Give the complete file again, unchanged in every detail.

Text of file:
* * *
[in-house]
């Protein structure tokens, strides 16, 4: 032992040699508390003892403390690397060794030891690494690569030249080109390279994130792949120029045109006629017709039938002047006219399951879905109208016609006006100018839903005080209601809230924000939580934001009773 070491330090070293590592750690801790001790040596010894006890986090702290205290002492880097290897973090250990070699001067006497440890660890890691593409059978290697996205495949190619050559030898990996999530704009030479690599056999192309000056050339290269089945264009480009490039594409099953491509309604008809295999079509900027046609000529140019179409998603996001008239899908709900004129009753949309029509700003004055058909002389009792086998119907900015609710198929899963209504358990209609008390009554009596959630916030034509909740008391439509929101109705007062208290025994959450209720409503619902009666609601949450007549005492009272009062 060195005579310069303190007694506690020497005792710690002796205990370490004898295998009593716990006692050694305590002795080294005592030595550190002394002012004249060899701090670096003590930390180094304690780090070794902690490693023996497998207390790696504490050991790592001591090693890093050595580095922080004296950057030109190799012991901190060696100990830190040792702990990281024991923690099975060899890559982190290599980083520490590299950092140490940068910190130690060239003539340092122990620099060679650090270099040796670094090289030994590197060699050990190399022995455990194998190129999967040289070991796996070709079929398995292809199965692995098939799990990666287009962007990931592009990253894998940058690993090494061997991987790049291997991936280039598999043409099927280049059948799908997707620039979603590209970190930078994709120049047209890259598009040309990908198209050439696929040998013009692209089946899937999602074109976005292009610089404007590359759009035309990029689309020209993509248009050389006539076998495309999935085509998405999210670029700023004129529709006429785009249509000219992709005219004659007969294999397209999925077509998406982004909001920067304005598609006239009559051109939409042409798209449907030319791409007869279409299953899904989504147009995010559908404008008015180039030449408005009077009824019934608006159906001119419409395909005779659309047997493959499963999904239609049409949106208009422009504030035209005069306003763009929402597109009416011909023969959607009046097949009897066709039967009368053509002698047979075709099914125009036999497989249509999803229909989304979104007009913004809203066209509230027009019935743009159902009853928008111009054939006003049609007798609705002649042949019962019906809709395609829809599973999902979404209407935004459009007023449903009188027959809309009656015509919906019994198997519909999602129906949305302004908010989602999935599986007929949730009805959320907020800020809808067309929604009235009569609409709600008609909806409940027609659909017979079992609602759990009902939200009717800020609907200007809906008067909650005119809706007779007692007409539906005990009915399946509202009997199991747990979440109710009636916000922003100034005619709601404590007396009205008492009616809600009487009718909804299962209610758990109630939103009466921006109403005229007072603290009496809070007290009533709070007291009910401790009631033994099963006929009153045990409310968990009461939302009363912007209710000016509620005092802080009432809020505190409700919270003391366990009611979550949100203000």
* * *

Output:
[in-house]
């Protein structure tokens, strides 16, 4: 032992040699508390003892403390690397060794030891690494690569030249080109390279994130792949120029045109006629017709039938002047006219399951879905109208016609006006100018839903005080209601809230924000939580934001009773 070491330090070293590592750690801790001790040596010894006890986090702290205290002492880097290897973090250990070699001067006497440890660890890691593409059978290697996205495949190619050559030898990996999530704009030479690599056999192309000056050339290269089945264009480009490039594409099953491509309604008809295999079509900027046609000529140019179409998603996001008239899908709900004129009753949309029509700003004055058909002389009792086998119907900015609710198929899963209504358990209609008390009554009596959630916030034509909740008391439509929101109705007062208290025994959450209720409503619902009666609601949450007549005492009272009062 060195005579310069303190007694506690020497005792710690002796205990370490004898295998009593716990006692050694305590002795080294005592030595550190002394002012004249060899701090670096003590930390180094304690780090070794902690490693023996497998207390790696504490050991790592001591090693890093050595580095922080004296950057030109190799012991901190060696100990830190040792702990990281024991923690099975060899890559982190290599980083520490590299950092140490940068910190130690060239003539340092122990620099060679650090270099040796670094090289030994590197060699050990190399022995455990194998190129999967040289070991796996070709079929398995292809199965692995098939799990990666287009962007990931592009990253894998940058690993090494061997991987790049291997991936280039598999043409099927280049059948799908997707620039979603590209970190930078994709120049047209890259598009040309990908198209050439696929040998013009692209089946899937999602074109976005292009610089404007590359759009035309990029689309020209993509248009050389006539076998495309999935085509998405999210670029700023004129529709006429785009249509000219992709005219004659007969294999397209999925077509998406982004909001920067304005598609006239009559051109939409042409798209449907030319791409007869279409299953899904989504147009995010559908404008008015180039030449408005009077009824019934608006159906001119419409395909005779659309047997493959499963999904239609049409949106208009422009504030035209005069306003763009929402597109009416011909023969959607009046097949009897066709039967009368053509002698047979075709099914125009036999497989249509999803229909989304979104007009913004809203066209509230027009019935743009159902009853928008111009054939006003049609007798609705002649042949019962019906809709395609829809599973999902979404209407935004459009007023449903009188027959809309009656015509919906019994198997519909999602129906949305302004908010989602999935599986007929949730009805959320907020800020809808067309929604009235009569609409709600008609909806409940027609659909017979079992609602759990009902939200009717800020609907200007809906008067909650005119809706007779007692007409539906005990009915399946509202009997199991747990979440109710009636916000922003100034005619709601404590007396009205008492009616809600009487009718909804299962209610758990109630939103009466921006109403005229007072603290009496809070007290009533709070007291009910401790009631033994099963006929009153045990409310968990009461939302009363912007209710000016509620005092802080009432809020505190409700919270003391366990009611979550949100203000």